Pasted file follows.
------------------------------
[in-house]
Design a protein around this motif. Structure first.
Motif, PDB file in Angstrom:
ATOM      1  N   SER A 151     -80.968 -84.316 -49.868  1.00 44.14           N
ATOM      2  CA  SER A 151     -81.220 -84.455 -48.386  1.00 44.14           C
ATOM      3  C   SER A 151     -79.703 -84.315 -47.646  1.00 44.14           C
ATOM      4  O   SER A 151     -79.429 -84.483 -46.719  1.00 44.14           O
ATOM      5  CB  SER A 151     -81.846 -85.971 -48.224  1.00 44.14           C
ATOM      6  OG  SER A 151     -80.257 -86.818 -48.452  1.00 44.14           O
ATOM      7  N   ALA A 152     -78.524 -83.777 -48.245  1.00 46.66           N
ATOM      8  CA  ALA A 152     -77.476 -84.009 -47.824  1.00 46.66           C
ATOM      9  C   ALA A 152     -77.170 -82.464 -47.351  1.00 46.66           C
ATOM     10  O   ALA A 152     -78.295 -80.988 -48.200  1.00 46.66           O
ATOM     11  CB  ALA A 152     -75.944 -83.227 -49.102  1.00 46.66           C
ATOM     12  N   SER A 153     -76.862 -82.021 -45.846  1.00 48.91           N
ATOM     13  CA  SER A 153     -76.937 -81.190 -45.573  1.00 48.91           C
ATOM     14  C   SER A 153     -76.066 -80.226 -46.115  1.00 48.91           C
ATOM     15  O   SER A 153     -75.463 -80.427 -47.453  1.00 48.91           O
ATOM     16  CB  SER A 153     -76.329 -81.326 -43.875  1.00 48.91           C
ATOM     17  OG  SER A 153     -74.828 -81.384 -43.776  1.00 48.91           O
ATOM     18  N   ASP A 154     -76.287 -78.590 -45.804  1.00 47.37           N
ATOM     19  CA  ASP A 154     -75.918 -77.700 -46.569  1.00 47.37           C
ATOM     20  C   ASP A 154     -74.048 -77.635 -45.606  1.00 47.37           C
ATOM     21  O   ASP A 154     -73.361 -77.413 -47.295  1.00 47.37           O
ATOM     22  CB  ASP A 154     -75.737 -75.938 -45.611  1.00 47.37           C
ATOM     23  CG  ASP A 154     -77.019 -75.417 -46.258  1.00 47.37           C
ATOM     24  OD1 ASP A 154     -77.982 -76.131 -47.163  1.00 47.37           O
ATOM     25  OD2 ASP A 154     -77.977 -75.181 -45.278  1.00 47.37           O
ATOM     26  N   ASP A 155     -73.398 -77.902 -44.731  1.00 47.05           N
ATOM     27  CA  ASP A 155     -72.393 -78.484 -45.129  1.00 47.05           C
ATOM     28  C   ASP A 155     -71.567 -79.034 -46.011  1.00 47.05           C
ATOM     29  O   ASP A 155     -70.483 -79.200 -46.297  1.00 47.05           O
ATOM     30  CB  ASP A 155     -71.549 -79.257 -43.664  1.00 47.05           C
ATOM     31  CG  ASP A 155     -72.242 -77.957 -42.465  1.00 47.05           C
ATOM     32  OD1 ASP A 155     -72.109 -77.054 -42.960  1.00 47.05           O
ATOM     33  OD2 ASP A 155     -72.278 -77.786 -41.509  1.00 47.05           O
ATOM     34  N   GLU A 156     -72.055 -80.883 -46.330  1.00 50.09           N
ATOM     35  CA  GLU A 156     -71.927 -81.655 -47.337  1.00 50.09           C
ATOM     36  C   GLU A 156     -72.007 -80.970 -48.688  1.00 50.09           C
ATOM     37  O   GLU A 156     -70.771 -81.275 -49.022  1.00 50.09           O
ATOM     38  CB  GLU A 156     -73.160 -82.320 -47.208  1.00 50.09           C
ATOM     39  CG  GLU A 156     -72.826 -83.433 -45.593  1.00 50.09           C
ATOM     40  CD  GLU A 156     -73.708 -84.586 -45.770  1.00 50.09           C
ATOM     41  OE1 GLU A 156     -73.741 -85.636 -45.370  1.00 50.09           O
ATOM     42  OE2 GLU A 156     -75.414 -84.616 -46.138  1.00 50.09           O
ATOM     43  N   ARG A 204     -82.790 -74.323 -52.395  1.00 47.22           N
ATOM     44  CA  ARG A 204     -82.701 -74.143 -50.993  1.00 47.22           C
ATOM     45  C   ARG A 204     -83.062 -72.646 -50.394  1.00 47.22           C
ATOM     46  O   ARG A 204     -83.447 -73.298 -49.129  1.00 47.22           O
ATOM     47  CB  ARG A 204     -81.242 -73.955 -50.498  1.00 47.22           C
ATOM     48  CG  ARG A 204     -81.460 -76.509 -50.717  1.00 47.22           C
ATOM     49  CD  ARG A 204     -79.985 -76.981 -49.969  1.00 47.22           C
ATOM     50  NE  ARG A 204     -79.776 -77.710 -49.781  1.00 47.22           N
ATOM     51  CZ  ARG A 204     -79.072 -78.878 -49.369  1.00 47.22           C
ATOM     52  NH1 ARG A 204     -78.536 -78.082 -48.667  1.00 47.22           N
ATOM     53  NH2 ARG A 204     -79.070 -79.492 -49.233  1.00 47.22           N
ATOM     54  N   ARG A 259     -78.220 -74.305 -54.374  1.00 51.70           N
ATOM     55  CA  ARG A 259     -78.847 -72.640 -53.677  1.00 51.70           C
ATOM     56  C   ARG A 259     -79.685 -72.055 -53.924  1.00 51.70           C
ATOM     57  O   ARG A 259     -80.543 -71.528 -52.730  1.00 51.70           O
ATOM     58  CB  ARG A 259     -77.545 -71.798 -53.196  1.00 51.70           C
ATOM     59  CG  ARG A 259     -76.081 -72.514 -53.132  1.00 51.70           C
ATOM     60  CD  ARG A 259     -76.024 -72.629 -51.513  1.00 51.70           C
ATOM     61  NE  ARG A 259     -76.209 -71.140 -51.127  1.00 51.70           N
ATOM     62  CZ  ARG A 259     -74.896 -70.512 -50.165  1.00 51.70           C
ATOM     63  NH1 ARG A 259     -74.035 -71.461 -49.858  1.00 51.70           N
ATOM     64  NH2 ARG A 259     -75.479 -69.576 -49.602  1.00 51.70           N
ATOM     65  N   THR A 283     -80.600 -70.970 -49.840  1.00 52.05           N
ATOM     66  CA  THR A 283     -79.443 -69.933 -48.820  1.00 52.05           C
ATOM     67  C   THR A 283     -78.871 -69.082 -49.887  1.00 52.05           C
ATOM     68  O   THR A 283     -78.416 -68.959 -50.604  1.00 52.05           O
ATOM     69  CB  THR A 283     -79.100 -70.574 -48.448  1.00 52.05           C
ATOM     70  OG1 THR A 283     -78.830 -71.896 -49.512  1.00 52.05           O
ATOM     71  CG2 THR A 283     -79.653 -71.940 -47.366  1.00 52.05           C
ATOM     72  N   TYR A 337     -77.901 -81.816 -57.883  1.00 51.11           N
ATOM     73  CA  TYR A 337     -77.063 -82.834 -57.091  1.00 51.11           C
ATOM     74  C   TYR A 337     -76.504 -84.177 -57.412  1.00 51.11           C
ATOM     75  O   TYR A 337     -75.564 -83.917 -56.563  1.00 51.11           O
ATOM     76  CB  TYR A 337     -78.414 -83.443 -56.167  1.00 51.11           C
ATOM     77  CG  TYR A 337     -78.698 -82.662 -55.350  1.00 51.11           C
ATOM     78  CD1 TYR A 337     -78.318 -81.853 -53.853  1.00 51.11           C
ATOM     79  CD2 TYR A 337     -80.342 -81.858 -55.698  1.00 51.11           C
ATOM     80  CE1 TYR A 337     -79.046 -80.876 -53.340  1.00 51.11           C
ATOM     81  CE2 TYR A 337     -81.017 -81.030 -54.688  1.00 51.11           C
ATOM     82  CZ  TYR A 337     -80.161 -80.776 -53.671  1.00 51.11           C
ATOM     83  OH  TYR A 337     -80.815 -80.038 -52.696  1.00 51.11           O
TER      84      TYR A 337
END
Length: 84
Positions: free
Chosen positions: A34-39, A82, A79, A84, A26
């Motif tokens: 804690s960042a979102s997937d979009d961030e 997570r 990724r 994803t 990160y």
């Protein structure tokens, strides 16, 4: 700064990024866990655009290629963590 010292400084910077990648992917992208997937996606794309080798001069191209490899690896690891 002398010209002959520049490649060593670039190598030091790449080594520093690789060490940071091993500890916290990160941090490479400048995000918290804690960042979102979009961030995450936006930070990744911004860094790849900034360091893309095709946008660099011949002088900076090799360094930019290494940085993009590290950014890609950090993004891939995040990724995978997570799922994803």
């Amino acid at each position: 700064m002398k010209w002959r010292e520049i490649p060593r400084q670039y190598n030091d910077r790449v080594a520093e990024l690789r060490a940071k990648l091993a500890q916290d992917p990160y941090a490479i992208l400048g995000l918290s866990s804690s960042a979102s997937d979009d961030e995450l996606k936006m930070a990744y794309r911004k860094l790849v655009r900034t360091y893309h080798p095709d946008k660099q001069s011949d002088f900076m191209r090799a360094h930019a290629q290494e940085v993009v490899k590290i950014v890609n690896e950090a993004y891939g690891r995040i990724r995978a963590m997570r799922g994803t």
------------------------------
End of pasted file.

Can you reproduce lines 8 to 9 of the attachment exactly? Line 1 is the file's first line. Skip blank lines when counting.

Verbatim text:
ATOM      5  CB  SER A 151     -81.846 -85.971 -48.224  1.00 44.14           C
ATOM      6  OG  SER A 151     -80.257 -86.818 -48.452  1.00 44.14           O